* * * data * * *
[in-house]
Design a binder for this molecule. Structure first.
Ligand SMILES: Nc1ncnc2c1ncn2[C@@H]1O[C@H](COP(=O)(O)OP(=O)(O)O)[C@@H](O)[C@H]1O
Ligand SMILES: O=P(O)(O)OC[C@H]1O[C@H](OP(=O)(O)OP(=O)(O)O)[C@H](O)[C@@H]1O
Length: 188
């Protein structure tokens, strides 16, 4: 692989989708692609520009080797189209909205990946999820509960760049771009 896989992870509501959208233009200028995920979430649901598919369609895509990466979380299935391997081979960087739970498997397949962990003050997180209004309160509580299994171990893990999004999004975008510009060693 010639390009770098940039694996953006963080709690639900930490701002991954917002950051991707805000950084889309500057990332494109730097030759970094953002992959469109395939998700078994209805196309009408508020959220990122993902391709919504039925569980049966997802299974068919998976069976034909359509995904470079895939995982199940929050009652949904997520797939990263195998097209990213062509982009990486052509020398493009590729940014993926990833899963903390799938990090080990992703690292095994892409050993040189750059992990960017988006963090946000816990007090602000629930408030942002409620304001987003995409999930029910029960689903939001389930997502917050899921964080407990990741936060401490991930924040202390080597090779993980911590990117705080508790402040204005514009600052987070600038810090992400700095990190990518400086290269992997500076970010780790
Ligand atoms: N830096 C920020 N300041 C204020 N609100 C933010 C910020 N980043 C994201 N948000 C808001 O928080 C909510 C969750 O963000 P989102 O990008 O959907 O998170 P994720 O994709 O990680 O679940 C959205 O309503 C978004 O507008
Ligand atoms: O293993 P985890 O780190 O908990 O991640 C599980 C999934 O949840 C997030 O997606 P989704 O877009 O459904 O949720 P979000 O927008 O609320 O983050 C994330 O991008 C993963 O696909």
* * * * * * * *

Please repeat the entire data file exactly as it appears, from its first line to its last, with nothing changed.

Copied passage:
[in-house]
Design a binder for this molecule. Structure first.
Ligand SMILES: Nc1ncnc2c1ncn2[C@@H]1O[C@H](COP(=O)(O)OP(=O)(O)O)[C@@H](O)[C@H]1O
Ligand SMILES: O=P(O)(O)OC[C@H]1O[C@H](OP(=O)(O)OP(=O)(O)O)[C@H](O)[C@@H]1O
Length: 188
């Protein structure tokens, strides 16, 4: 692989989708692609520009080797189209909205990946999820509960760049771009 896989992870509501959208233009200028995920979430649901598919369609895509990466979380299935391997081979960087739970498997397949962990003050997180209004309160509580299994171990893990999004999004975008510009060693 010639390009770098940039694996953006963080709690639900930490701002991954917002950051991707805000950084889309500057990332494109730097030759970094953002992959469109395939998700078994209805196309009408508020959220990122993902391709919504039925569980049966997802299974068919998976069976034909359509995904470079895939995982199940929050009652949904997520797939990263195998097209990213062509982009990486052509020398493009590729940014993926990833899963903390799938990090080990992703690292095994892409050993040189750059992990960017988006963090946000816990007090602000629930408030942002409620304001987003995409999930029910029960689903939001389930997502917050899921964080407990990741936060401490991930924040202390080597090779993980911590990117705080508790402040204005514009600052987070600038810090992400700095990190990518400086290269992997500076970010780790
Ligand atoms: N830096 C920020 N300041 C204020 N609100 C933010 C910020 N980043 C994201 N948000 C808001 O928080 C909510 C969750 O963000 P989102 O990008 O959907 O998170 P994720 O994709 O990680 O679940 C959205 O309503 C978004 O507008
Ligand atoms: O293993 P985890 O780190 O908990 O991640 C599980 C999934 O949840 C997030 O997606 P989704 O877009 O459904 O949720 P979000 O927008 O609320 O983050 C994330 O991008 C993963 O696909």